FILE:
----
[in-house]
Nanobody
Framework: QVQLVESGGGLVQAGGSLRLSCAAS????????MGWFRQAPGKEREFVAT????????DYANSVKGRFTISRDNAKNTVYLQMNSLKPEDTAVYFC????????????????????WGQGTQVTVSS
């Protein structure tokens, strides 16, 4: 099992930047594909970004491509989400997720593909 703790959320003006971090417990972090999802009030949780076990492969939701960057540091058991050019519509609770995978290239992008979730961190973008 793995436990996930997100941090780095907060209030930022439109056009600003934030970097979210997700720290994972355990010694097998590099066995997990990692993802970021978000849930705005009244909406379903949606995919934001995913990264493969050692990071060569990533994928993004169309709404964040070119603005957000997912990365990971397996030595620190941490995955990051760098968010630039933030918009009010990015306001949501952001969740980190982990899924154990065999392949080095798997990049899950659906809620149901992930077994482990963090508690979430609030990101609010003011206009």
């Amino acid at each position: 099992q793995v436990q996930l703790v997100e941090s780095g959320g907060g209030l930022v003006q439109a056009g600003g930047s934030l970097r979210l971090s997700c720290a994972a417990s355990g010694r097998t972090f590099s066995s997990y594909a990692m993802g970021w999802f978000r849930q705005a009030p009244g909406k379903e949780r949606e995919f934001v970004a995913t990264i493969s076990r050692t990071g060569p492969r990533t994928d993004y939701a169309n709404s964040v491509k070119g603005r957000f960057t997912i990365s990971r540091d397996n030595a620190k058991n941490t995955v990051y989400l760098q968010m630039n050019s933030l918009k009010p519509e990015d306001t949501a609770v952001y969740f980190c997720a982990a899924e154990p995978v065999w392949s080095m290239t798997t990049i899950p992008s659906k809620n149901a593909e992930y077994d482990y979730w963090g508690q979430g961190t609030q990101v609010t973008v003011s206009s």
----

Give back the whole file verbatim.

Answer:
[in-house]
Nanobody
Framework: QVQLVESGGGLVQAGGSLRLSCAAS????????MGWFRQAPGKEREFVAT????????DYANSVKGRFTISRDNAKNTVYLQMNSLKPEDTAVYFC????????????????????WGQGTQVTVSS
């Protein structure tokens, strides 16, 4: 099992930047594909970004491509989400997720593909 703790959320003006971090417990972090999802009030949780076990492969939701960057540091058991050019519509609770995978290239992008979730961190973008 793995436990996930997100941090780095907060209030930022439109056009600003934030970097979210997700720290994972355990010694097998590099066995997990990692993802970021978000849930705005009244909406379903949606995919934001995913990264493969050692990071060569990533994928993004169309709404964040070119603005957000997912990365990971397996030595620190941490995955990051760098968010630039933030918009009010990015306001949501952001969740980190982990899924154990065999392949080095798997990049899950659906809620149901992930077994482990963090508690979430609030990101609010003011206009």
């Amino acid at each position: 099992q793995v436990q996930l703790v997100e941090s780095g959320g907060g209030l930022v003006q439109a056009g600003g930047s934030l970097r979210l971090s997700c720290a994972a417990s355990g010694r097998t972090f590099s066995s997990y594909a990692m993802g970021w999802f978000r849930q705005a009030p009244g909406k379903e949780r949606e995919f934001v970004a995913t990264i493969s076990r050692t990071g060569p492969r990533t994928d993004y939701a169309n709404s964040v491509k070119g603005r957000f960057t997912i990365s990971r540091d397996n030595a620190k058991n941490t995955v990051y989400l760098q968010m630039n050019s933030l918009k009010p519509e990015d306001t949501a609770v952001y969740f980190c997720a982990a899924e154990p995978v065999w392949s080095m290239t798997t990049i899950p992008s659906k809620n149901a593909e992930y077994d482990y979730w963090g508690q979430g961190t609030q990101v609010t973008v003011s206009s």